We identified three periods of management history: a growth-centric planning period lasting until 2002, a drought-centric planning period lasting from /adaptation to drought and growth has made them better situated to respond to the impacts of climate change, such adaptations have also created new and often unexpected vulnerabilities. Such new vulnerabilities include decreasing water quality throughout the system, decreased maintenance of existing infrastructure, a revenue and debt crisis, issues regarding the cultural perception of water and regional water consumption in a city known for its excesses, and the risk of shifting vulnerabilities to rural populations.
To better understand predicting vulnerabilities we applied the three frameworks to SNWA’s groundwater development project to test their use in evaluating a specific case for risk of maladaptation. We found that they could indeed allow us to identify and characterize various impacts and vulnerabilities. However, we found the frameworks’ dichotomous classification of maladaptation and adaptation to be too simplistic for weighing tradeoffs among pros and cons of different aspects of the groundwater project. For example, while the project would make citizens of Las Vegas more water secure it could put rural water access and livelihoods at risk. The frameworks are also limited because they do not explore shifting vulnerabilities. This case study indicates a need to assess the more nuanced combination of tradeoffs and shifting vulnerabilities versus simplistic categorization. More work is needed to develop analytic tools to assess risks of maladaptation as part of the decision process before projects are implemented.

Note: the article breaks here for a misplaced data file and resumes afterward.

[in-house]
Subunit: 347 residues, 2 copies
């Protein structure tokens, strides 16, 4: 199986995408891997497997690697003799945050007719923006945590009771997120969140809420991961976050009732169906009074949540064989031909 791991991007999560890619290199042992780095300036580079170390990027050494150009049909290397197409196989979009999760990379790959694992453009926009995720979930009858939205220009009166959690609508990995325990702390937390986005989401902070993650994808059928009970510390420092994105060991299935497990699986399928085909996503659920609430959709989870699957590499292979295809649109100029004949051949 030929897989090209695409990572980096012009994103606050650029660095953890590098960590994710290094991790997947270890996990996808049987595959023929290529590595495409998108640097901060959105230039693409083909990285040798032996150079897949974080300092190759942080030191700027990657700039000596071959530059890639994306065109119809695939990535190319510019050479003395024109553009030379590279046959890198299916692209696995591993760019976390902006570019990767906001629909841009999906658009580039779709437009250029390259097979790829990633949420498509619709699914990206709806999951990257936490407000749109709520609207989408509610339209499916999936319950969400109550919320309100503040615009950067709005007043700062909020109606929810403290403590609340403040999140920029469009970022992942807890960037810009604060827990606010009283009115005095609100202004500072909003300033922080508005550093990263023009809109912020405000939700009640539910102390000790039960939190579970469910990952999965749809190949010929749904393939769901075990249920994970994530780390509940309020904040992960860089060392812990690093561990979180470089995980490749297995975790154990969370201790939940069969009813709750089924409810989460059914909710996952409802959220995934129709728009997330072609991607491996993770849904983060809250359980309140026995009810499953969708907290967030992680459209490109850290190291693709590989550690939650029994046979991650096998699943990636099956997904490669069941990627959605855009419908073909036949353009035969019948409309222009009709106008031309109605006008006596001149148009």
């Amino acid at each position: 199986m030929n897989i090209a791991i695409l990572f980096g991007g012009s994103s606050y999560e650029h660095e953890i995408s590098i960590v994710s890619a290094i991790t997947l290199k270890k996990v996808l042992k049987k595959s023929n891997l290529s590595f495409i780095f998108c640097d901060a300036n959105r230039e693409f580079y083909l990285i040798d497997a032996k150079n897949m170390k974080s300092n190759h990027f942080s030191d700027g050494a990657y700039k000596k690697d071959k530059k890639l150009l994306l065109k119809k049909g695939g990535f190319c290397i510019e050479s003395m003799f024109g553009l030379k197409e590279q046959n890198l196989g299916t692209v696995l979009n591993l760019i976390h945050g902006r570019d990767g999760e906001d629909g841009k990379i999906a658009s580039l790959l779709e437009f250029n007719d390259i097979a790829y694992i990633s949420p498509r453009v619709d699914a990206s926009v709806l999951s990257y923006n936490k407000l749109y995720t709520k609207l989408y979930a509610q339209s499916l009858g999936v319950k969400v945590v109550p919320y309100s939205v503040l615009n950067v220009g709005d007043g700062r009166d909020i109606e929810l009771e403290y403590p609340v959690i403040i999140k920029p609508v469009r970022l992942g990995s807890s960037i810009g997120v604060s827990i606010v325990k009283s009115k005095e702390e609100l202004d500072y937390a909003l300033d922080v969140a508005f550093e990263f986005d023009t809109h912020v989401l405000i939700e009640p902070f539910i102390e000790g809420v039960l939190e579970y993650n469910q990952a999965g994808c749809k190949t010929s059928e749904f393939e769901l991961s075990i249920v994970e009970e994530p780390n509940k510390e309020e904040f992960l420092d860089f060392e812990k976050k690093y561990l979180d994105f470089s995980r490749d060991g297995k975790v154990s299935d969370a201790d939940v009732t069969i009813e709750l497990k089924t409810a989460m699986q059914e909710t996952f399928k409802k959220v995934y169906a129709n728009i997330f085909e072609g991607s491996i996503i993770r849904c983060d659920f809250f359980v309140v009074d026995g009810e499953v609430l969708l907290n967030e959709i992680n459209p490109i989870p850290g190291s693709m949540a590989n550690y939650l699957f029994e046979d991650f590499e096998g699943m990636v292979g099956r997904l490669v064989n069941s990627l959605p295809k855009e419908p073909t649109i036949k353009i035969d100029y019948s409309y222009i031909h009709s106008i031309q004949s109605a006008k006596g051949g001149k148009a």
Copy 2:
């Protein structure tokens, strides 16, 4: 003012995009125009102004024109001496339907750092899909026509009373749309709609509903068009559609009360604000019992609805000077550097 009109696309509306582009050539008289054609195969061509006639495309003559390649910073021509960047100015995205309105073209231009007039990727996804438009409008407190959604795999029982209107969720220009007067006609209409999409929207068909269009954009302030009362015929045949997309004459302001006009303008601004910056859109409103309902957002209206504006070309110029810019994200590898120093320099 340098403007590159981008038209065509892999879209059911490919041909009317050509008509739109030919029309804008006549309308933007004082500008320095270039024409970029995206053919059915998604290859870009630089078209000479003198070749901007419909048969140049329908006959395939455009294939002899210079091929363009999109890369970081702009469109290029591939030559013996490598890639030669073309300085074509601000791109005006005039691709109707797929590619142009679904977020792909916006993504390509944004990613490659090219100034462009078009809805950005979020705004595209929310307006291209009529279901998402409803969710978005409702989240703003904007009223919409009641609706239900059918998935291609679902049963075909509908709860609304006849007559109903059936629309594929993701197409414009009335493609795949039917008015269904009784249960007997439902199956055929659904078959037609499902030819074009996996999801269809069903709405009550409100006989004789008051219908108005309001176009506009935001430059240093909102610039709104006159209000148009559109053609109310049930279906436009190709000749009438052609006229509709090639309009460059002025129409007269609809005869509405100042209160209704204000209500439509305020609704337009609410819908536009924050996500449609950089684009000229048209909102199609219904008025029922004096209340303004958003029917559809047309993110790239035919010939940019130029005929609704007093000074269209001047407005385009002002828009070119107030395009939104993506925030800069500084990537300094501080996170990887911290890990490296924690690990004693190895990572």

This project was funded by the NOAA-SARP-funded research project Interactions of Drought and Climate Adaptation for Urban Water and included collaboration with water managers in several cities.
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